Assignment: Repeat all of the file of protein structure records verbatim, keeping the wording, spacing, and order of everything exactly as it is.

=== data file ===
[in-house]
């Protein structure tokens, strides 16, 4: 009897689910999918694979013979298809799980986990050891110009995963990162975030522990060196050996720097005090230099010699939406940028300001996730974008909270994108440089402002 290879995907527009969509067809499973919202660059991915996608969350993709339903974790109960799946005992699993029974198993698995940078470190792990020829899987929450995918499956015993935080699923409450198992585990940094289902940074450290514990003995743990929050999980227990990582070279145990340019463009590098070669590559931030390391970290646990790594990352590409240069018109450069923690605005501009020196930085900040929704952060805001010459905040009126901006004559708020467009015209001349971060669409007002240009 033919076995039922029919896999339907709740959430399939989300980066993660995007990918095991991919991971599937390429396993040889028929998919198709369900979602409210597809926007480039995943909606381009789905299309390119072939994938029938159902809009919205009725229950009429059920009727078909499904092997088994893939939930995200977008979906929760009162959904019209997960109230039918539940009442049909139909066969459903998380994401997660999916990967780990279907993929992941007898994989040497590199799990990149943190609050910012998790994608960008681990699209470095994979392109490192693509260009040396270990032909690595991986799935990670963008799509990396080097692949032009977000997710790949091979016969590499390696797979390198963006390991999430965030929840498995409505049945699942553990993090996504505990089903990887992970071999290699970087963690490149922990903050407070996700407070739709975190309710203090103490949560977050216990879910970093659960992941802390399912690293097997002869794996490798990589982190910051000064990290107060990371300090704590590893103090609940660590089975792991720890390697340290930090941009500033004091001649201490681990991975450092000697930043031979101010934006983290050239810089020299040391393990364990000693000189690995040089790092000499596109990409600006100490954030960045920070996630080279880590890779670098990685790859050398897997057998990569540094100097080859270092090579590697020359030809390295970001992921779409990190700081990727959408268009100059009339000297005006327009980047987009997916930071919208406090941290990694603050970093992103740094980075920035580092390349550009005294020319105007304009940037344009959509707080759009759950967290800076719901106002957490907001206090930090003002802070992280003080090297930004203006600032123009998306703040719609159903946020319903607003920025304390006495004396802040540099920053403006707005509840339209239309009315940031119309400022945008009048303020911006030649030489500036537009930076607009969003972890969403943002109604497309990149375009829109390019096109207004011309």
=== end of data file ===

[in-house]
């Protein structure tokens, strides 16, 4: 009897689910999918694979013979298809799980986990050891110009995963990162975030522990060196050996720097005090230099010699939406940028300001996730974008909270994108440089402002 290879995907527009969509067809499973919202660059991915996608969350993709339903974790109960799946005992699993029974198993698995940078470190792990020829899987929450995918499956015993935080699923409450198992585990940094289902940074450290514990003995743990929050999980227990990582070279145990340019463009590098070669590559931030390391970290646990790594990352590409240069018109450069923690605005501009020196930085900040929704952060805001010459905040009126901006004559708020467009015209001349971060669409007002240009 033919076995039922029919896999339907709740959430399939989300980066993660995007990918095991991919991971599937390429396993040889028929998919198709369900979602409210597809926007480039995943909606381009789905299309390119072939994938029938159902809009919205009725229950009429059920009727078909499904092997088994893939939930995200977008979906929760009162959904019209997960109230039918539940009442049909139909066969459903998380994401997660999916990967780990279907993929992941007898994989040497590199799990990149943190609050910012998790994608960008681990699209470095994979392109490192693509260009040396270990032909690595991986799935990670963008799509990396080097692949032009977000997710790949091979016969590499390696797979390198963006390991999430965030929840498995409505049945699942553990993090996504505990089903990887992970071999290699970087963690490149922990903050407070996700407070739709975190309710203090103490949560977050216990879910970093659960992941802390399912690293097997002869794996490798990589982190910051000064990290107060990371300090704590590893103090609940660590089975792991720890390697340290930090941009500033004091001649201490681990991975450092000697930043031979101010934006983290050239810089020299040391393990364990000693000189690995040089790092000499596109990409600006100490954030960045920070996630080279880590890779670098990685790859050398897997057998990569540094100097080859270092090579590697020359030809390295970001992921779409990190700081990727959408268009100059009339000297005006327009980047987009997916930071919208406090941290990694603050970093992103740094980075920035580092390349550009005294020319105007304009940037344009959509707080759009759950967290800076719901106002957490907001206090930090003002802070992280003080090297930004203006600032123009998306703040719609159903946020319903607003920025304390006495004396802040540099920053403006707005509840339209239309009315940031119309400022945008009048303020911006030649030489500036537009930076607009969003972890969403943002109604497309990149375009829109390019096109207004011309």